Emails show Ben Carson and his wife were personally involved in buying $31,000 office furniture
Newly released emails show Ben Carson and his wife personally selected a $31,000 dining room set for his office at the Department of Housing and Urban Development.
The liberal watchdog group American Oversight obtained the emails through a Freedom of Information Act request, and the documents cast doubt on HUD spokesman Raffi Williams’ denial that Carson had any involvement in selecting the furniture, reported CNN.
“Mrs. Carson and the secretary had no awareness that the table was being purchased,” Willliams told CNN last month, when the story first broke. “The secretary did not order a new table. The table was ordered by the career staffers in charge of the building.”
Carson himself blamed the purchase on an unnamed HUD staffer, and told CNN he was “surprised” by the $31,000 price tag and promised to cancel the order — which the company confirmed had happened on March 1.
“The secretary did not order a new table,” said Carson, the HUD secretary. “The table was ordered by the career staffers in charge of the building.”
But the newly released emails show two Carson aides discussed the dining set back in May 2017, when they asked about repairing the “fairly precarious” existing furniture, which would have cost an estimated $1,100 to fix.
Carson’s statement earlier this month confirmed he feared the old furniture was “unsafe” and “beyond repair.”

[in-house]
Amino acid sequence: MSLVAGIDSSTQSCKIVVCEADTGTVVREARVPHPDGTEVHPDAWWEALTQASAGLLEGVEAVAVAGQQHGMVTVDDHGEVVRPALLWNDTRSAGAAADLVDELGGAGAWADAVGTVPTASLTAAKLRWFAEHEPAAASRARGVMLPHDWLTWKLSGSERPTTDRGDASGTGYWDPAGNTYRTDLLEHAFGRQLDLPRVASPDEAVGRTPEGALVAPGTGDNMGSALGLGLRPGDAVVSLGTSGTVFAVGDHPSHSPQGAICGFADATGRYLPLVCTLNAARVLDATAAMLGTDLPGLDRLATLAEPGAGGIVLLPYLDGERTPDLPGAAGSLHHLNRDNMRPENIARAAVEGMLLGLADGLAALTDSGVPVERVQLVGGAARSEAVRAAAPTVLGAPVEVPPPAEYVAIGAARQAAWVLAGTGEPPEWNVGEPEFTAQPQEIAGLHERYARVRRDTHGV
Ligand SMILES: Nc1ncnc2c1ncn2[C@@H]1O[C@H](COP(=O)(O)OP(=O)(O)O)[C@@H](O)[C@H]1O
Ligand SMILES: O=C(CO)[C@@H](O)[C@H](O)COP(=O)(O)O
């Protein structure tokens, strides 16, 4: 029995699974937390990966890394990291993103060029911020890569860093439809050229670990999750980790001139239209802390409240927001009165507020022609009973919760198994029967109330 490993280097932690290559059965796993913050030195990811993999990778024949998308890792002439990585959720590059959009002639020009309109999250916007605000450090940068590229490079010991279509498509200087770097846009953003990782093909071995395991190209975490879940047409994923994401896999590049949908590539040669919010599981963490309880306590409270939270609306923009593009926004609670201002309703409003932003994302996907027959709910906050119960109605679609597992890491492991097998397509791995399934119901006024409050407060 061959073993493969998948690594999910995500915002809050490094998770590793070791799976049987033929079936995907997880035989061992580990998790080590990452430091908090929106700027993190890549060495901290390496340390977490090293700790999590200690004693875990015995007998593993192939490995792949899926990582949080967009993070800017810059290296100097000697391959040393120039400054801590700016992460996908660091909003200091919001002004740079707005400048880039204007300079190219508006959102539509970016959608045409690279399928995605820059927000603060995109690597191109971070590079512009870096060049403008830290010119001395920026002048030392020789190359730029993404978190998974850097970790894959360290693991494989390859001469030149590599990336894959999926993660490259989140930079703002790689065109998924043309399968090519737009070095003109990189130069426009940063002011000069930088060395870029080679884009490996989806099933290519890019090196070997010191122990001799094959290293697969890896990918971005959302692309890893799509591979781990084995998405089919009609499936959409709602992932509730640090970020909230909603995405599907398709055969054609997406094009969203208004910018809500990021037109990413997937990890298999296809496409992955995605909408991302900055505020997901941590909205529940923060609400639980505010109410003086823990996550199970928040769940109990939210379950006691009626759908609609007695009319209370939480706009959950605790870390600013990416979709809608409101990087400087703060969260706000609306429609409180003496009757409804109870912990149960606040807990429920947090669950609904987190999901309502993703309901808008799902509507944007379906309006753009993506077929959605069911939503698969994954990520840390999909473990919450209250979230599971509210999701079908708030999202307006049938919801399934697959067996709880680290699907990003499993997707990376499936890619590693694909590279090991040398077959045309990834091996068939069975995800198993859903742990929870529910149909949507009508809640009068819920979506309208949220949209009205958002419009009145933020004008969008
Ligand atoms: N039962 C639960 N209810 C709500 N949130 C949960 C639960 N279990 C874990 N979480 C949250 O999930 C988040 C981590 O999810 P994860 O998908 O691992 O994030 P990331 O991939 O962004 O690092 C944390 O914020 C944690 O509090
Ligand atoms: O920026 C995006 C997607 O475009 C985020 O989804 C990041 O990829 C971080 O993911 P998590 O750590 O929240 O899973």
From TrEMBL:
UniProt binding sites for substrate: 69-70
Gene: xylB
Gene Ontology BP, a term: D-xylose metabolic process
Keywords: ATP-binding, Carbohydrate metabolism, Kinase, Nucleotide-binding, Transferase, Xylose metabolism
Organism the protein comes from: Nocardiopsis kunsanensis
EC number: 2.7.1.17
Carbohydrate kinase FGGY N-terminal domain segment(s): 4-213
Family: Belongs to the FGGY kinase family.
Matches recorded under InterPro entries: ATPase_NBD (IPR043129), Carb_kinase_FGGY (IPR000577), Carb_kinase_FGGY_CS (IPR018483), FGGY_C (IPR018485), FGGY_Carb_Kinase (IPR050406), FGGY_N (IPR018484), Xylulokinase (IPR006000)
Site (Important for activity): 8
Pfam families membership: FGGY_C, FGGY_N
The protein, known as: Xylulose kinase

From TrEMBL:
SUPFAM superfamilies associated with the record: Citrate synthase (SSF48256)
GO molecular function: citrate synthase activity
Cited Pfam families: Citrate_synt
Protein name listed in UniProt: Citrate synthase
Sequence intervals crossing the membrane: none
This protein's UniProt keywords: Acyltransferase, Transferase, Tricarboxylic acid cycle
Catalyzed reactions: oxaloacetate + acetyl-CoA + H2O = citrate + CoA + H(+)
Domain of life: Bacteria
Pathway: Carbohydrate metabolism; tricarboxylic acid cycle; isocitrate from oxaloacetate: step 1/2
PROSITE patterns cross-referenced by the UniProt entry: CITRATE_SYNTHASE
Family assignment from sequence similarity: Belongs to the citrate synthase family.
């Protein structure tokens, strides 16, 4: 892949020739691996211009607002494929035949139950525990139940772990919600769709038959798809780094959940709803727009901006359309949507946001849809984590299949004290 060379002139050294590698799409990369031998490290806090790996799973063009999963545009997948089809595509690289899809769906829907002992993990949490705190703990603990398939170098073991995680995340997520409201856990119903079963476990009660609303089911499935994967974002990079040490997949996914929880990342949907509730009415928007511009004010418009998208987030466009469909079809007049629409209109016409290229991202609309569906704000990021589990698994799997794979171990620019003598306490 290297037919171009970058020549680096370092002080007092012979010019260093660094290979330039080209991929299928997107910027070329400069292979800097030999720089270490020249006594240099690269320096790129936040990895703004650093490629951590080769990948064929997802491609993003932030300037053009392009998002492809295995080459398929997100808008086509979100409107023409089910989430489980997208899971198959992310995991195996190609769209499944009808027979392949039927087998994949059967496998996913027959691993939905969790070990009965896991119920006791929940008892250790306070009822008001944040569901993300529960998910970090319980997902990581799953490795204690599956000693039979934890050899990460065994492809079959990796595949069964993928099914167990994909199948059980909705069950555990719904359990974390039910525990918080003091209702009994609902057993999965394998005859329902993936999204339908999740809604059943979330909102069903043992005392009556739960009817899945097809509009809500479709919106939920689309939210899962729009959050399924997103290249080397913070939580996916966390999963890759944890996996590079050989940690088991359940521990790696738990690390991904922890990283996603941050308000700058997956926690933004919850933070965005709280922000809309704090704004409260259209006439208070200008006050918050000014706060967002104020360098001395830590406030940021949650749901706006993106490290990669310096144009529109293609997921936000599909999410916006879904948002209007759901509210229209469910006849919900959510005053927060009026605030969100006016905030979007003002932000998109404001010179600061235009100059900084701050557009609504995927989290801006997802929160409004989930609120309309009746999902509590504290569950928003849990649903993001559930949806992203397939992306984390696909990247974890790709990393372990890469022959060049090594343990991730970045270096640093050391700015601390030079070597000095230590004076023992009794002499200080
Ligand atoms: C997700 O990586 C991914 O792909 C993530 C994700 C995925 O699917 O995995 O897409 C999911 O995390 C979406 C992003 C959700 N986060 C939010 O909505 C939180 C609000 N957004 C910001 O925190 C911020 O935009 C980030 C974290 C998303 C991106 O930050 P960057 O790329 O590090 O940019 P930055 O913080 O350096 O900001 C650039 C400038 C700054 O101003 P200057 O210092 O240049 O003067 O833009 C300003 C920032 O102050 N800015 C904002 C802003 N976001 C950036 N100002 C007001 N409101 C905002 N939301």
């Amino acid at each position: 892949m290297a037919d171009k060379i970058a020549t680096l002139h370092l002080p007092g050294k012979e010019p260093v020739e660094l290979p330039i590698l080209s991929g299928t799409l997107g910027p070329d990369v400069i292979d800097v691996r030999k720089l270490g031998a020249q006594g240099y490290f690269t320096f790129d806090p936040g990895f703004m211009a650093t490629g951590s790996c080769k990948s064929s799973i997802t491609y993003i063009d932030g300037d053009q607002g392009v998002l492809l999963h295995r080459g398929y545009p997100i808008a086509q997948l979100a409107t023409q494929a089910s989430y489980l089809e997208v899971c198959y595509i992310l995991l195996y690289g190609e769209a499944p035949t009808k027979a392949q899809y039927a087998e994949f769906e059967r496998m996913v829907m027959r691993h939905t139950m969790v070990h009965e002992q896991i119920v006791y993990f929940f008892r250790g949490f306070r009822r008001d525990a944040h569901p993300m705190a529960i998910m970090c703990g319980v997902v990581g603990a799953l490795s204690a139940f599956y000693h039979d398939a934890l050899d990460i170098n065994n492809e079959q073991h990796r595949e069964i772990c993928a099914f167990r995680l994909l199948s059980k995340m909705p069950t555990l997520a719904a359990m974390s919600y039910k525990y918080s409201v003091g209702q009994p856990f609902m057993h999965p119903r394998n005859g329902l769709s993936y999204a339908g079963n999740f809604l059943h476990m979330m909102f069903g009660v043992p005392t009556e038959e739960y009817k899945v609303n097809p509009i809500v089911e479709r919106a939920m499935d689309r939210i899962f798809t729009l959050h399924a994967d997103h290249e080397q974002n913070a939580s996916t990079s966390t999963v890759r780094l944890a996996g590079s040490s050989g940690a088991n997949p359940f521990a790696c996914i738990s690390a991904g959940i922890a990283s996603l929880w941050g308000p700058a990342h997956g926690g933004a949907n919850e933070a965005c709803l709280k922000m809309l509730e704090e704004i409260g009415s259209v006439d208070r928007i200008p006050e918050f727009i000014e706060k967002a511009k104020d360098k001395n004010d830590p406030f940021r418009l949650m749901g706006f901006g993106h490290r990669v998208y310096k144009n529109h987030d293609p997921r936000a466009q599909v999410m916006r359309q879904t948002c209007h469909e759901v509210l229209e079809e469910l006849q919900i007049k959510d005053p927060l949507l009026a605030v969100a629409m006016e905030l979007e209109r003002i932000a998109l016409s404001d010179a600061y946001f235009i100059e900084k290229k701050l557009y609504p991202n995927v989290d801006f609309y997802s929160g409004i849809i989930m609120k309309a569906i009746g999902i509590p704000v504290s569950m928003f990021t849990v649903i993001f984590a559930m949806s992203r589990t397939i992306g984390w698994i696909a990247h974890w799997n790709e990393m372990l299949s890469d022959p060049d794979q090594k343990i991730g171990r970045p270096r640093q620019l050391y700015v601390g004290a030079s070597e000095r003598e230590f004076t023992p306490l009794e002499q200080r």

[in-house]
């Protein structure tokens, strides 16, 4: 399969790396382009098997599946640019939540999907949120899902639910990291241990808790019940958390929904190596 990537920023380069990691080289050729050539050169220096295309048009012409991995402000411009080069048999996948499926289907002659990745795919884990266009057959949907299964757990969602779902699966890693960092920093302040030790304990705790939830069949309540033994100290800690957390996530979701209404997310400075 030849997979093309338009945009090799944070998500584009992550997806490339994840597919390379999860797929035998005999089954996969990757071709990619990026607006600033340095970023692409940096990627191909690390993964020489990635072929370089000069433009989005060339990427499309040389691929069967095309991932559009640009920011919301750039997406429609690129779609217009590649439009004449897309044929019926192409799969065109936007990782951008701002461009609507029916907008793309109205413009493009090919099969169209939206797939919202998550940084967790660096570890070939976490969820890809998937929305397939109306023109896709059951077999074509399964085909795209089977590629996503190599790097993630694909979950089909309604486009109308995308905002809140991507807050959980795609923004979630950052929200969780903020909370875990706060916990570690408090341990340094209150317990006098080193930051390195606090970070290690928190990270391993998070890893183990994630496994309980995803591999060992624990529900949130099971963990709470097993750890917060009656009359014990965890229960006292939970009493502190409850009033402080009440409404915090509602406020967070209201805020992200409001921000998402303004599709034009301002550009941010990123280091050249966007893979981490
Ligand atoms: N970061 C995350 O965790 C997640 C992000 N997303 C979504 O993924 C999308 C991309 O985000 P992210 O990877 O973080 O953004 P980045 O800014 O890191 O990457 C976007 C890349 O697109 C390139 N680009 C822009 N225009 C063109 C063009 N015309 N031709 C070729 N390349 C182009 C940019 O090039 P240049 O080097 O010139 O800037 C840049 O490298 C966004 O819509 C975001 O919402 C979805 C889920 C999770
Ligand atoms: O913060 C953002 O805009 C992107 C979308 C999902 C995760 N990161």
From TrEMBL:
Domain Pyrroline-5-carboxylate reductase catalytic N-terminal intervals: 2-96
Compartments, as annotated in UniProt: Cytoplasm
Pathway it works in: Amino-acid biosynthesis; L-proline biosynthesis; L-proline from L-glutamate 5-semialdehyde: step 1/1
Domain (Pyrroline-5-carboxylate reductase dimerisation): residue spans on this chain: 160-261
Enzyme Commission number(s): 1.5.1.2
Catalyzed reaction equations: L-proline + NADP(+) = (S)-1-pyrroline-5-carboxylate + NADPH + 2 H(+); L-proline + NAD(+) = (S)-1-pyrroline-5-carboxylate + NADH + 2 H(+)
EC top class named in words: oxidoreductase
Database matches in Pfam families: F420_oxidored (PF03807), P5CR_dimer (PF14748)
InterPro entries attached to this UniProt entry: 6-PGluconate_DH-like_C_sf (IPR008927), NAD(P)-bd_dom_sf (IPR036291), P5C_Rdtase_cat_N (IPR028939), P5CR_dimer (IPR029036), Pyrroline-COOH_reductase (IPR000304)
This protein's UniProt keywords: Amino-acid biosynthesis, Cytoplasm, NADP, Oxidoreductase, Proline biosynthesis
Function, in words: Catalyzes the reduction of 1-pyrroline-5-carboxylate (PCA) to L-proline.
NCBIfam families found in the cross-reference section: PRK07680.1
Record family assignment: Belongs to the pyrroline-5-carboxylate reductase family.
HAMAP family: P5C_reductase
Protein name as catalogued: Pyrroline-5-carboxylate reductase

HUD’s scheduling office contacted Candy Carson, the secretary’s wife, in August to take part in the office redecorating, although the emails don’t show a response from her.
Carson said he and his wife were told there was a $25,000 budget that must be used by a deadline or it would be lost, and they received a $24,666 quote for the furniture.
“The career administration staffer sent the quote to Carson’s office,” CNN reported, “specifically Carson’s chief of staff and his executive assistant, casting further doubt on the agency’s assertion that the purchase was made entirely by career staff.”
The staffer told Carson the quote seemed to be reasonable and justified the purchase because the previous furniture was purchased in 1988, and receipts showed HUD moved forward with the purchase — which was now $7,000 higher — four months later.
One email chain shows serving cart options were approved by “leadership” but doesn’t specify who made the request.
That appears to contradict Williams’ sweeping denial that Carson and his wife had any involvement in the purchase process, or any interest in doing so.
Helen Foster, a senior career official at HUD, says she was demoted and replaced by a Trump appointee after refusing to break the law to approve the over-budget redecoration.